Image source: Getty Images
With 6.8m people on NHS waiting lists, I’ve been watching. FTSE 250 Stock to help ease the backlog.
Spire Healthcare (LSE: SPI) is the UK’s largest private hospital group by revenue, owning 39 hospitals and 8 clinics across the country.
Even uttering the phrase ‘personal healthcare’ is enough to garner dirty looks in some social circles in the UK.
However, this piqued my interest even more. The less ‘lust-inducing’ an investment theme is, the more likely I am to get in at a reasonable price. Although not popular, private providers are playing an increasing role in the health care space.
In the first six months of 2022, Spire Healthcare’s revenue from private patients rose 30.9 percent compared to the first half of 2019.
Is it time for the outbreak to shine?
Spire Healthcare placed its buildings, equipment and staff on NHS disposal during the outbreak. The NHS has paid the organization for services provided during this emergency. Still, it wasn’t enough to keep Spire Healthcare from making £18.5m of losses in 2020 (adjusted before tax).
In the year In 2019, Spire Healthcare earned adjusted earnings of 1.8 pence per share. In the year By 2021, that has turned negative, with the firm losing 3.6 pence per share.
Still, the share price has continued to rise steadily from its 2019 earnings high of 139p to 250p at the end of 2021, despite negative earnings publications.
This was because markets were looking ahead and it was clear that a huge patient backlog would be created by suspending selection processes to allow the NHS to focus on Covid.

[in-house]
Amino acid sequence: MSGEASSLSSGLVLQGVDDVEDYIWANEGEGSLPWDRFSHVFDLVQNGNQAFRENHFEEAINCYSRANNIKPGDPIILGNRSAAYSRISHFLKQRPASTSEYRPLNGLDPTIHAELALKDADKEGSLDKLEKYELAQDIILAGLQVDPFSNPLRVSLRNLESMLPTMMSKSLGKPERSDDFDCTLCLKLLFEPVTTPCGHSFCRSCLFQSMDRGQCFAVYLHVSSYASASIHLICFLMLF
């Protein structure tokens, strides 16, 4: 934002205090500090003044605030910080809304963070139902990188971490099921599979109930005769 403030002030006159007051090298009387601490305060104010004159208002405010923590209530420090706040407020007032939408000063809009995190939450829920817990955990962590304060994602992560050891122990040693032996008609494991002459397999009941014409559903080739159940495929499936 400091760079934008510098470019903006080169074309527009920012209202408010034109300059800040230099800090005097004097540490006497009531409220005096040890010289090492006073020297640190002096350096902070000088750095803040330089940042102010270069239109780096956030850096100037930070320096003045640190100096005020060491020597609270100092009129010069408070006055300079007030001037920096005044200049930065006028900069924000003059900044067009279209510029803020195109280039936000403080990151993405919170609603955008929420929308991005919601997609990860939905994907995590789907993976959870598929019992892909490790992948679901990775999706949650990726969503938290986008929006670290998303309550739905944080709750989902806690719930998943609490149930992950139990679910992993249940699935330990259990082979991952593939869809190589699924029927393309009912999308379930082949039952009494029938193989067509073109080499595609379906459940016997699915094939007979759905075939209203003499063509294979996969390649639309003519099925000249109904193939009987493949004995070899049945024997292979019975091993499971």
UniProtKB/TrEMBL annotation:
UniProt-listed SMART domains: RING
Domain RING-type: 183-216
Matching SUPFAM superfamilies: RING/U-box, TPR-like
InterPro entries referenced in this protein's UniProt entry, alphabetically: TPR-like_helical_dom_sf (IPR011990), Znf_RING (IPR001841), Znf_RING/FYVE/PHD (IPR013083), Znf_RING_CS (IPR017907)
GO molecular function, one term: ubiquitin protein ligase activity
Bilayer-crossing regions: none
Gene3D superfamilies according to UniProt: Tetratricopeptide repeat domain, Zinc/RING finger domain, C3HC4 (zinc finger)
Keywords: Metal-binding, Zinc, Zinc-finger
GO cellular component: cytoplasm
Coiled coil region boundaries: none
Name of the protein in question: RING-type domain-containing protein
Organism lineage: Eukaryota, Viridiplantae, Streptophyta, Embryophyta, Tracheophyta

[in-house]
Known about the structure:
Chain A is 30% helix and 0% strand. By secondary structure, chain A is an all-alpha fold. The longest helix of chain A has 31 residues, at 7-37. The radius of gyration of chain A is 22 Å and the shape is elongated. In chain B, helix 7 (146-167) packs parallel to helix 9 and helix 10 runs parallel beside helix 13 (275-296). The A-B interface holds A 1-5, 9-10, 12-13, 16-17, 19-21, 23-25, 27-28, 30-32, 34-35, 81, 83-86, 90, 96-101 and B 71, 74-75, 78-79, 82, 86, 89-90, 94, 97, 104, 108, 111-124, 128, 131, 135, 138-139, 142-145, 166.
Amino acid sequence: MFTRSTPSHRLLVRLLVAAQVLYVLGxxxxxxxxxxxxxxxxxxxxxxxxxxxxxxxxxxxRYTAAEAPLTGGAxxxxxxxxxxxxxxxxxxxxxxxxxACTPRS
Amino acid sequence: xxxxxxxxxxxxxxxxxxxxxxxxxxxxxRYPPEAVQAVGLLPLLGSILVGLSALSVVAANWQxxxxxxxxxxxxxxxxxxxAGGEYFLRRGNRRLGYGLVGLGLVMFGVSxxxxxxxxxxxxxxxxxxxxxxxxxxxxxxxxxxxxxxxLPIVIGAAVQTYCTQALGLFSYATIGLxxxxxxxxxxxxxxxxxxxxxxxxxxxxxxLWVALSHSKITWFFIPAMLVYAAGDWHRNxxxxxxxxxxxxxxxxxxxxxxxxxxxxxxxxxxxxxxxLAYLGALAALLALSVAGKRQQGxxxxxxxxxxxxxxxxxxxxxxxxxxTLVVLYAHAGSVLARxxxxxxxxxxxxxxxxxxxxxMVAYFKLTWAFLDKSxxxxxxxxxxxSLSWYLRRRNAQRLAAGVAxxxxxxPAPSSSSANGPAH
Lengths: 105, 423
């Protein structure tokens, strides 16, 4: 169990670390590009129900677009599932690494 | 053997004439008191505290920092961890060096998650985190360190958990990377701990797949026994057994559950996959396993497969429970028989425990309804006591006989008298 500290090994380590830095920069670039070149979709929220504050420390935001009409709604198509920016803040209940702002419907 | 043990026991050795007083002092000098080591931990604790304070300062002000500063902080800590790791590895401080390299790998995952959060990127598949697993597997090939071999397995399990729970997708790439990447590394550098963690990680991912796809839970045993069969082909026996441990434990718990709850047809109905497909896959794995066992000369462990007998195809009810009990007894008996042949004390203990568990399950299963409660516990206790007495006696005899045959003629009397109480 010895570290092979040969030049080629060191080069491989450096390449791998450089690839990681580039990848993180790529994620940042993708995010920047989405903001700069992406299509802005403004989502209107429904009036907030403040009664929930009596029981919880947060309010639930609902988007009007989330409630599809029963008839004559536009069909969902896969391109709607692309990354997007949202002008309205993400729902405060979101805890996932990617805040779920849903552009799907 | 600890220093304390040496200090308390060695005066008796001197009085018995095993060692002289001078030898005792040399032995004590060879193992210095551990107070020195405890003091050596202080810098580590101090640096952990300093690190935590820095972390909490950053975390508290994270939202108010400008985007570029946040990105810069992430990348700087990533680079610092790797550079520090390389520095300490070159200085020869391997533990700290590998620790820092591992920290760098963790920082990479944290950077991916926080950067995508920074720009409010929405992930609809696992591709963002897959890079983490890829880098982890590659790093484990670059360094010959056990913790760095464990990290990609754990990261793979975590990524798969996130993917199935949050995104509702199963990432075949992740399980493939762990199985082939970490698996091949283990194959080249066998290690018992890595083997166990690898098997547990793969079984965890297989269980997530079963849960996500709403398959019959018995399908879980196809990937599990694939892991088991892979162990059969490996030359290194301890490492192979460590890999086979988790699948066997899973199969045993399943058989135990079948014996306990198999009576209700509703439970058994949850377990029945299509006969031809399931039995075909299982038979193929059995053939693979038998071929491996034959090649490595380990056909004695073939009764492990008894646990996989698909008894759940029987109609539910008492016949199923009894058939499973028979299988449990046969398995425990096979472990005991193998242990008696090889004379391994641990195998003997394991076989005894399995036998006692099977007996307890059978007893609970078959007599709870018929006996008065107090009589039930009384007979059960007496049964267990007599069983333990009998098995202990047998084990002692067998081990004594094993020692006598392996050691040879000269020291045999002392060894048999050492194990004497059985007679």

First, the good news
Inflation is at the forefront of investors’ minds this year, and Spire Healthcare can clearly say it’s less vulnerable than most businesses. According to research conducted by the group, “The typical private patient can afford private care, and health care is a key spending priority.He said.
Spire Healthcare also said it is targeting supplier pricing in the medium term to further dampen inflation on its bottom line.
The group eased its debt burden in a rising interest rate environment by paying off £100m of bank debt this year and reducing net debt to 2.2 times EBITDA, its lowest leverage ratio since 2016. .
Things that are currently tailwinds for Spire Healthcare are quickly going against it in my view. The NHS is a sacred cow in Britain, and I’m not betting that private providers can exploit the problems of the public sector for long without political fallout.
In the year In 2019, the Labor Party manifesto stated its intention to end the use of private providers in the NHS. If approved, that would wipe out about a quarter of Spire Healthcare’s revenue.
Given Spire Healthcare’s rich price-to-earnings (P/E) ratio of 141, investors have become overly sensitive to political risks.
For this reason, I wouldn’t buy shares in Spire Healthcare despite the many headlines about patients on NHS waiting lists turning to private providers out of frustration.